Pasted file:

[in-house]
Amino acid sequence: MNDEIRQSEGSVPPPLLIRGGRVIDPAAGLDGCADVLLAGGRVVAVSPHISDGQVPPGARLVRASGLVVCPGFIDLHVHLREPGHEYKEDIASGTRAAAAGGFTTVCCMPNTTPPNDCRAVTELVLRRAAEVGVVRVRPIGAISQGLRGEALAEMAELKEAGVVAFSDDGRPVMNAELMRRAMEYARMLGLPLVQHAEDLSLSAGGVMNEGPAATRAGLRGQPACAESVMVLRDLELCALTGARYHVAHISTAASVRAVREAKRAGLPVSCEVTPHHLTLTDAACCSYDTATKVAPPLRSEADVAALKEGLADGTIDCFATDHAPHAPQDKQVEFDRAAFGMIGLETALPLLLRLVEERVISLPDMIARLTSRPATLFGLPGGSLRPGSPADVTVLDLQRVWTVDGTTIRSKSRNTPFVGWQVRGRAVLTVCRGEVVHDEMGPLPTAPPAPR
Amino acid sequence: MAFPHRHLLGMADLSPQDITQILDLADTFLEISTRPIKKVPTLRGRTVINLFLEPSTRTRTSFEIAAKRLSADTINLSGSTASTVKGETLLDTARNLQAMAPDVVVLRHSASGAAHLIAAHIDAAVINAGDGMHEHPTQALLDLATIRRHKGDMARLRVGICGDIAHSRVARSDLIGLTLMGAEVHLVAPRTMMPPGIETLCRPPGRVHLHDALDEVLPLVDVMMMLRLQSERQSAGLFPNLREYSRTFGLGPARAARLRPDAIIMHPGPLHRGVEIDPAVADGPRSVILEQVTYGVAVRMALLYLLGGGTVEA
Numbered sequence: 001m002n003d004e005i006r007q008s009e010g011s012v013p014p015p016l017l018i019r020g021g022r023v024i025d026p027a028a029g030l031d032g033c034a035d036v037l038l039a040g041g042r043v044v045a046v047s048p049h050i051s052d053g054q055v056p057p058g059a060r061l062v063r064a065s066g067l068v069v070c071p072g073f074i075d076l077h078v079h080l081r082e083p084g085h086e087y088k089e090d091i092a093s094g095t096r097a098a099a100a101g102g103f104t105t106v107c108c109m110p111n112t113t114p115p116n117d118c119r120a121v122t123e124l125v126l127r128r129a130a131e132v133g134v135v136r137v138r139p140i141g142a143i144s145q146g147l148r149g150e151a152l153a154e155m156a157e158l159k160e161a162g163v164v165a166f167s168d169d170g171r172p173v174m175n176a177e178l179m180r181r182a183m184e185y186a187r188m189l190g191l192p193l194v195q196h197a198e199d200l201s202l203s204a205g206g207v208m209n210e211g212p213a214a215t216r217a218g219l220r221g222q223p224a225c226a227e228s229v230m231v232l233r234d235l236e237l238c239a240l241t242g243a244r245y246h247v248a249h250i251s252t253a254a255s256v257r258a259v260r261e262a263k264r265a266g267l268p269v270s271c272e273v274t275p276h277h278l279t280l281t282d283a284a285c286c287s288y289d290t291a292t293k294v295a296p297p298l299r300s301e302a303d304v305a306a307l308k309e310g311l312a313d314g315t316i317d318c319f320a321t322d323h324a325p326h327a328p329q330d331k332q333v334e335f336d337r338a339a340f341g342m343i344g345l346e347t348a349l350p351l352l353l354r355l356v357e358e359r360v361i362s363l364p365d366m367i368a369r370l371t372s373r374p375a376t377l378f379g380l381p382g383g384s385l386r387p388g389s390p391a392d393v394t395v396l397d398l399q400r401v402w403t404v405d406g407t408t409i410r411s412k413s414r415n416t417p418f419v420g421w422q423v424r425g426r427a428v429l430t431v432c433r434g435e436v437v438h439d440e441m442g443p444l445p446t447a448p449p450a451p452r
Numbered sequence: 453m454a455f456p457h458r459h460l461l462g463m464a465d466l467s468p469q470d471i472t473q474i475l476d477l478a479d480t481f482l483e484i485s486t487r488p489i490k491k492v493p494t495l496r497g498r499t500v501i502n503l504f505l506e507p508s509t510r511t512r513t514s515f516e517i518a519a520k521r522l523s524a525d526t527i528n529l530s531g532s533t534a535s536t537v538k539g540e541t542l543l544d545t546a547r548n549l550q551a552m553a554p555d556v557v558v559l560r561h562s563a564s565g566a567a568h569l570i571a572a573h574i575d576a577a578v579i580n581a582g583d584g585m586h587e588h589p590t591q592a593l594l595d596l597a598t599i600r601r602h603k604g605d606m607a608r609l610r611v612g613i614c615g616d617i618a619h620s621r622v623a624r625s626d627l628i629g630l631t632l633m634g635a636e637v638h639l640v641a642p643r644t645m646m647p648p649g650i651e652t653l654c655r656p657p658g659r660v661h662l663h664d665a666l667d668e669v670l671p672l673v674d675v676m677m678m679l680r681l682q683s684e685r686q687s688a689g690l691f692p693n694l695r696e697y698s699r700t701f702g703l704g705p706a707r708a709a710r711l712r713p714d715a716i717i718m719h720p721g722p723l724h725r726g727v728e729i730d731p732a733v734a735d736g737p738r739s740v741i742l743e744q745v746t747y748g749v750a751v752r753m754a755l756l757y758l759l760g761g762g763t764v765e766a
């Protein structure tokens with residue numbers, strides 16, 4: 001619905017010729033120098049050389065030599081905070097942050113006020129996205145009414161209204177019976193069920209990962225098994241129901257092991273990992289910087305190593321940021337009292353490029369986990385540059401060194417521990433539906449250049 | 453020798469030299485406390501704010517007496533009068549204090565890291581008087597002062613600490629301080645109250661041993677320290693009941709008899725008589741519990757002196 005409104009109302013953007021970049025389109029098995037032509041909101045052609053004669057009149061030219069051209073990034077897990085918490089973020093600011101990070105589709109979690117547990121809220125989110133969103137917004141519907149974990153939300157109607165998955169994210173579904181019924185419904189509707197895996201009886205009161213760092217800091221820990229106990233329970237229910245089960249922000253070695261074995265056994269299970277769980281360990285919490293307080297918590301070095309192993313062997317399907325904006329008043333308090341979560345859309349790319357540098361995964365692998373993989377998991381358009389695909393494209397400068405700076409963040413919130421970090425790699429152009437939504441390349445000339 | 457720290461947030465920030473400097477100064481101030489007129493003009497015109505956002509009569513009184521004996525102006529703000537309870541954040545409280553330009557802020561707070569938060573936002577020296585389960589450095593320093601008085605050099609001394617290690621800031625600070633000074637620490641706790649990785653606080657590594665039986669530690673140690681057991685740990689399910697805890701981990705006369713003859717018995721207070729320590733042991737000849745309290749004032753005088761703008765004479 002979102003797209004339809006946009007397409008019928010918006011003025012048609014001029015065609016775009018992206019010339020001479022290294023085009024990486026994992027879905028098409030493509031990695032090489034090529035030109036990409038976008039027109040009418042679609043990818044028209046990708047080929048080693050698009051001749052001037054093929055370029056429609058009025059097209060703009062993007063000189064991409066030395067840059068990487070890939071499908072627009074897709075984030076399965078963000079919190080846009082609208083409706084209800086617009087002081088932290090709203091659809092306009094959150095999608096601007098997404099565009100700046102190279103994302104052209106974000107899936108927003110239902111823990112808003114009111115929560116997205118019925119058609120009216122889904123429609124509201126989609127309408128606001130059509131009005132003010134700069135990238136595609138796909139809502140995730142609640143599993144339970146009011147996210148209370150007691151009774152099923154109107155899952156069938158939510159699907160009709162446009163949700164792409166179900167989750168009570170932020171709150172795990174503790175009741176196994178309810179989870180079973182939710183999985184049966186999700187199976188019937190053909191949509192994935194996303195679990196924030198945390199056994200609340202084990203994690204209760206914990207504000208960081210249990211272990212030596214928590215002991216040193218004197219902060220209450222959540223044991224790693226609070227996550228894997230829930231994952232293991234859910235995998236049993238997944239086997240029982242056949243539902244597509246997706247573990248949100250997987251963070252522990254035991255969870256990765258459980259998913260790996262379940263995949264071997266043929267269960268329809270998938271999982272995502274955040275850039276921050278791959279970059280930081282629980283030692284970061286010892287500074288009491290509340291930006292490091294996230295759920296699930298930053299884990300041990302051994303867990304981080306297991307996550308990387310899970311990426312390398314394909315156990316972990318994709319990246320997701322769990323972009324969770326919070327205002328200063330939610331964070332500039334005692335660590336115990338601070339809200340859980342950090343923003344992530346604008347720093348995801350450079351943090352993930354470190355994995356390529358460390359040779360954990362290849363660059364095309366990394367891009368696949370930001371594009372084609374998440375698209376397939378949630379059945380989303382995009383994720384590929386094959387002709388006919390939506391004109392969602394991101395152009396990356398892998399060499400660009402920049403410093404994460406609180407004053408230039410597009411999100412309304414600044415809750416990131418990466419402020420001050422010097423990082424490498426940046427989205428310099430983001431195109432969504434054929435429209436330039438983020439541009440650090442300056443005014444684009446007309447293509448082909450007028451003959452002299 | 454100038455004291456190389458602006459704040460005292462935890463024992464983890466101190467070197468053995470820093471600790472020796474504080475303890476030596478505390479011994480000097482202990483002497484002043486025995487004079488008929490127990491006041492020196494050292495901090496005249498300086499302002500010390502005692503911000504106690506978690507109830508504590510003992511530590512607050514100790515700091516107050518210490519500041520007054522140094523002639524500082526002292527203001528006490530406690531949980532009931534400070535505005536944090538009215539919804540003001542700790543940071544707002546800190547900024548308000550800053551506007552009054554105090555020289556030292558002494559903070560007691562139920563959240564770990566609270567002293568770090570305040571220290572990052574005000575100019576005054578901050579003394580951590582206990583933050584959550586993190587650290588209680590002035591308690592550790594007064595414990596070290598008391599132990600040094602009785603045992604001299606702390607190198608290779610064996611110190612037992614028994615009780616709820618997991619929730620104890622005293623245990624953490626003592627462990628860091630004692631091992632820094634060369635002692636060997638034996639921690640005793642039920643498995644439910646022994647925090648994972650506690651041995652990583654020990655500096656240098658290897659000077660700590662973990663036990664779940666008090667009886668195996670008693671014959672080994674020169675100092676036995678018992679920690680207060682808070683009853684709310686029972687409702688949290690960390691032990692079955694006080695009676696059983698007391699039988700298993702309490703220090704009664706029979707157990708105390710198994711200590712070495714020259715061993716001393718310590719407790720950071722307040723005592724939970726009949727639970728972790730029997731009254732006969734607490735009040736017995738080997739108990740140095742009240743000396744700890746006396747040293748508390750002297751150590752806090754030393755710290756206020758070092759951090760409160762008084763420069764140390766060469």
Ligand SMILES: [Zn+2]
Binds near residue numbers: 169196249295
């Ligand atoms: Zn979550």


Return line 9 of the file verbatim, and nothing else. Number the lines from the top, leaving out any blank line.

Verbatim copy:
């Ligand atoms: Zn979550």